So this is the hard reality: If making your beliefs known to the larger culture is not high on your priority list, then you can have a wonderfully rewarding therapeutic practice, in the evenings you can enjoy dinner at home with your family, and on weekends you can go shopping, work on an old car, knit, mow the lawn, watch your kids play ball, and do lots of other really enjoyable stuff. However, if spreading the word about your therapeutic specialty is something you feel compelled to do (for whatever reason), then you might get to see your face on TV once in a while but you probably won’t have a lot of that other life-affirming stuff. Sadly, this is an either/or proposition. You just can’t have it both ways. People like Brené Brown, John Bradshaw, Patrick Carnes, and Claudia Black don’t sell books, provide national trainings, and become well-known and highly respected subject experts by winning the lottery. And you won’t either. No one does.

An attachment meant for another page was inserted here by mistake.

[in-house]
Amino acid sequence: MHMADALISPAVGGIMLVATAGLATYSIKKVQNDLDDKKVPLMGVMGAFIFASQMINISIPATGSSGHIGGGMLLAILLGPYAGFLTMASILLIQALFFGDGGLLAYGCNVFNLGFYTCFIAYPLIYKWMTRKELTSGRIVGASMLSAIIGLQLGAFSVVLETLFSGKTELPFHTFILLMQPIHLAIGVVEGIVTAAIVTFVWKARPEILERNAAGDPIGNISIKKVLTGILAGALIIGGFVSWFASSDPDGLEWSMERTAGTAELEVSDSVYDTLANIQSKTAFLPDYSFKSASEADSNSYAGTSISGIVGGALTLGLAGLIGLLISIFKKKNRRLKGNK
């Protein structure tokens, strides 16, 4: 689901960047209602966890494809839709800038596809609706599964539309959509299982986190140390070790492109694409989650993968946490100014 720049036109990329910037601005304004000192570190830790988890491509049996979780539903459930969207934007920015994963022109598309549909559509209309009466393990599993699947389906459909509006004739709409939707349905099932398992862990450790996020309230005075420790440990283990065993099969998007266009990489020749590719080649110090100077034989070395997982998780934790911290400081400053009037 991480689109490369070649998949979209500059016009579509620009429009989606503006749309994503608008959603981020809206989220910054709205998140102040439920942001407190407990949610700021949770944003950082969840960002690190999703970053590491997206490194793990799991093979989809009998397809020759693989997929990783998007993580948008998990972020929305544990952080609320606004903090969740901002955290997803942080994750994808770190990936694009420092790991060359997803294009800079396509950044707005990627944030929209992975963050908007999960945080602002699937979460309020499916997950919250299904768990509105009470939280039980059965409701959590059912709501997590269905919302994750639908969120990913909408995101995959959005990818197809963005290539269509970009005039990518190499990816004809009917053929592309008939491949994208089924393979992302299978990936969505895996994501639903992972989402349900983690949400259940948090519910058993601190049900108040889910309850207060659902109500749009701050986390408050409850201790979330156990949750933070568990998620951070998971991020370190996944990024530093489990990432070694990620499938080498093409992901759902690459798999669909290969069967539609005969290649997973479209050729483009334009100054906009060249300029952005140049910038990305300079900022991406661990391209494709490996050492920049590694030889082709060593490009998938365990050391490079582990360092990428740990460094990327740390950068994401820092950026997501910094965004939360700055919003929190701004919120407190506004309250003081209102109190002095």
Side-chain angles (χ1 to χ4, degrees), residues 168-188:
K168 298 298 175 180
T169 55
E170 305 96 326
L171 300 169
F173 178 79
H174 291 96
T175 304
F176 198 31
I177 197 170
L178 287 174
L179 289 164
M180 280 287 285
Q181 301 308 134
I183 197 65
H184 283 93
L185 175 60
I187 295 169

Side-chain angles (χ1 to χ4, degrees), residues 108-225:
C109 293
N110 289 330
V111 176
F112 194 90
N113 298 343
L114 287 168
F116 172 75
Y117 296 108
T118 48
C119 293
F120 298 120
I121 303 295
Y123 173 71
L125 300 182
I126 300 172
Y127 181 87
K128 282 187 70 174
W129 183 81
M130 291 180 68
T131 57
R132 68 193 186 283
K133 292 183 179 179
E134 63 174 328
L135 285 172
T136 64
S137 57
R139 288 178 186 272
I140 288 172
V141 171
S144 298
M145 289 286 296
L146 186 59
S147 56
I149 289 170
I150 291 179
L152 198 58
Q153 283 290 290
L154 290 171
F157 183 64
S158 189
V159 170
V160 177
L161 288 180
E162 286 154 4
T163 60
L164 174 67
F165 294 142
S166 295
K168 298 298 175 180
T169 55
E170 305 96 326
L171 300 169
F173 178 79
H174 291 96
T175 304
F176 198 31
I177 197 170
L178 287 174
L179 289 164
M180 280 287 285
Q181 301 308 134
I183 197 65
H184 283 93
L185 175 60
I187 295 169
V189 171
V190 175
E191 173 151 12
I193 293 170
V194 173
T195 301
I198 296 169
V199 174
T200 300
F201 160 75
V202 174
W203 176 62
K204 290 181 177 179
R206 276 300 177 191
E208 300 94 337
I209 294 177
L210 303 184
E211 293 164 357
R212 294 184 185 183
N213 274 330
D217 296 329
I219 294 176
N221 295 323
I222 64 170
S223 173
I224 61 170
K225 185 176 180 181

Simply put, the therapists who regularly engage in therapeutic conversations at the most public levels were invited to the party mostly because they’re the folks who were willing to bypass having a life. There’s a lot of hard work and effort goes into writing and speaking. And spending three-quarters of your life on the road to educate and promote involves personal, familial, and social sacrifice. Honestly, I can’t even begin to tell you how much I would like to roll out of bed on a lazy Sunday, have a cup of coffee, and then meander the flea market with my husband – but my Sunday mornings are reserved for four hours of writing and answering emails no matter what. And no, I’m not asking you to feel sorry for me. This is the path I’ve chosen and I don’t regret it. In fact, I love what I do. The point I’m trying to make here is that getting in and staying in the public eye takes passion, sacrifice, and 70 to 80 hours per week. Let me assure you, if I didn’t feel as strongly and passionately as I do about helping people (both clinicians and the general population) understand the population I treat, I would spend my “free time” a lot differently.